Seeking Alpha
We cover over 5K calls/quarter
Profile| Send Message|
( followers)  

Executives

Robert Blum - Lytham Partners

Tony Ker - Chairman

Dennis M. Danzik - CEO

Richard Winterich - COO

Kevin Bridges - CFO

Analysts

Raveel Afzaal - Mackie Research Capital

Al Nagaraj - Industrial Alliance

Steve Kammermayer - Clarus Securities

Ridgeline Energy SVC (OTCQX:RGDEF) Q3 2013 Earnings Call February 19, 2013 8:30 AM ET

Operator

Good day and welcome to the Ridgeline Energy reports the third quarter of fiscal year 2013 conference call. All participants will be in listen-only mode. (Operator Instructions) After today's presentation, there will be an opportunity to ask questions. (Operator Instructions) Please note, this event is being recorded.

I would now like to turn the conference over to Mr. Robert Blum. Mr. Blum, the floor is yours sir.

Robert Blum

Thank you Mike and thank you all for joining us to review the financial results of Ridgeline Energy Services for the third quarter of fiscal year 2013 which ended December 31, 2012. As the conference call operator indicated, my name is Robert Blum. I am with Lytham Partners. We are the financial Relations Consulting firm for Ridgeline Energy Services.

With us on the call representing the company today are, Tony Ker, Executive Chairman of the Board; Dennis M. Danzik, Chief Executive Officer; Richard Winterich, Chief Operating Officer and Kevin Bridges, Chief Financial Officer.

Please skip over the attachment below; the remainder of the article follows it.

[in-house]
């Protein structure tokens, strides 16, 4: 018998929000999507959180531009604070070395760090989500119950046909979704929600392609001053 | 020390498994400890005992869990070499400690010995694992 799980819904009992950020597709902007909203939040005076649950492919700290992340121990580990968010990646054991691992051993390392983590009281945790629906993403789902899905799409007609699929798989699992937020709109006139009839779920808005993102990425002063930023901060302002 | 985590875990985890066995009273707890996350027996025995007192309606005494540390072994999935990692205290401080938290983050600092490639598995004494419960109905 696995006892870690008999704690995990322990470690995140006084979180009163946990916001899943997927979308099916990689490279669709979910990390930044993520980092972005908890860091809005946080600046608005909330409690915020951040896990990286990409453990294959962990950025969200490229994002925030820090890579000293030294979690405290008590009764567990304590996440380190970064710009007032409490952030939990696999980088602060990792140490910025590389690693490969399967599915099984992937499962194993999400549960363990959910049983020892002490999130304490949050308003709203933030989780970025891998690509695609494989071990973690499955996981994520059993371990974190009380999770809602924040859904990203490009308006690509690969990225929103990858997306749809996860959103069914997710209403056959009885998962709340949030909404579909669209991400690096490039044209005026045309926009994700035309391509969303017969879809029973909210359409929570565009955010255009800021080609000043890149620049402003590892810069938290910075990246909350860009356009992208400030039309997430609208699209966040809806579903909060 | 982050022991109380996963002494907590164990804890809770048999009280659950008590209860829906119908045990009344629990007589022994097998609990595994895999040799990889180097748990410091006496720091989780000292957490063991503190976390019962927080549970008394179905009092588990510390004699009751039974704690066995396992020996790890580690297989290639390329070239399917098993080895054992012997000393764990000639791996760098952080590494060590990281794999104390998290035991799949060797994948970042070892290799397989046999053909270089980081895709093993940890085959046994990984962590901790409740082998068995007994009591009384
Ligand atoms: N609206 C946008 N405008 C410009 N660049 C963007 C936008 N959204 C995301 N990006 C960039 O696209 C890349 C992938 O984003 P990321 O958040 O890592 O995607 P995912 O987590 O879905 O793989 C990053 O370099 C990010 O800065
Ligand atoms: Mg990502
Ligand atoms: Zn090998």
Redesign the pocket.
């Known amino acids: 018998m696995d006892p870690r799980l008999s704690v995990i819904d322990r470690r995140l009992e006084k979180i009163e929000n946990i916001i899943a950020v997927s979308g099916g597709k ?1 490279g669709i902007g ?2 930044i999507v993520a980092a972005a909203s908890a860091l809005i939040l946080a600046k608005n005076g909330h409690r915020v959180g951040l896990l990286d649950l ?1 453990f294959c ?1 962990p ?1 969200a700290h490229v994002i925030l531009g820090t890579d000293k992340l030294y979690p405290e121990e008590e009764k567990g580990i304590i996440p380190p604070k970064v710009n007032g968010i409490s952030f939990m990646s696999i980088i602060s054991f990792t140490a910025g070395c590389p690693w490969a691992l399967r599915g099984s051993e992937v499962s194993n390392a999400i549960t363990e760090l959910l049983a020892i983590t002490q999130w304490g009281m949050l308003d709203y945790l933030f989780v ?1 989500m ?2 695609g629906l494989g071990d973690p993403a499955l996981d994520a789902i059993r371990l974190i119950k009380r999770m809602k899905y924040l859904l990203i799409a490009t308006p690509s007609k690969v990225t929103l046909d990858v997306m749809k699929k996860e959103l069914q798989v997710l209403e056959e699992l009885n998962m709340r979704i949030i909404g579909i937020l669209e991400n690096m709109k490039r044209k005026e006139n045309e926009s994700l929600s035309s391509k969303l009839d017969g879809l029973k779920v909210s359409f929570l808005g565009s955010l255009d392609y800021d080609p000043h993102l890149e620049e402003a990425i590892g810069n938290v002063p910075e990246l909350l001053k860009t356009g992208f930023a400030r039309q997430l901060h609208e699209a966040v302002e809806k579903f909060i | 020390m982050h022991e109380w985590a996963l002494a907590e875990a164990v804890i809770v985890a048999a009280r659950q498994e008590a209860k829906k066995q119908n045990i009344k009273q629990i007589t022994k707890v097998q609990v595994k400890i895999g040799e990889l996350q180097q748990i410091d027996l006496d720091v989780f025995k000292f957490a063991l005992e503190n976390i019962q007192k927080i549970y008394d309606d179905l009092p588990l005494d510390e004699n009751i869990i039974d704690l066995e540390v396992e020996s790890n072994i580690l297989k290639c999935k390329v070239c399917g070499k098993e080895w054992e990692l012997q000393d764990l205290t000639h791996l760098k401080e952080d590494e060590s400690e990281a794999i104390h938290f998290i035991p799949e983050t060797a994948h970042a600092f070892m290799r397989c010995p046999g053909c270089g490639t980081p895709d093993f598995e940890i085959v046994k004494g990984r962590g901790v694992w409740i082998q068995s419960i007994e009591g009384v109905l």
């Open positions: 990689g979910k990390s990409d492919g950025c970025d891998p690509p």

At the conclusion of today's prepared remarks we will open the call for questions. If anyone participating on today's call does not have a full text copy of the release you can retrieve it off the company's website at www.ridgelinecanada.com or on numerous financial websites on the web.

Before we begin with the prepared remarks, we submit for the record the following statements. This conference call may contain forward-looking statements. Forward-looking statements address future events and conditions and therefore involve inherent risks and uncertainties. Actual results may differ materially from those currently anticipated in such statements.

Such information is subject to known and unknown risks, uncertainties and other factors that could influence actual results or events and cause actual results or events to differ materially from those stated, anticipated or implied in the forward-looking information. Listeners are cautioned not to place undue reliance on forward-looking information as no assurances can be given as to future results, levels of activity or achievement.

With that said, let me turn the call over to Tony Ker, Executive Chairman of Ridgeline Energy Services. Tony?

Tony Ker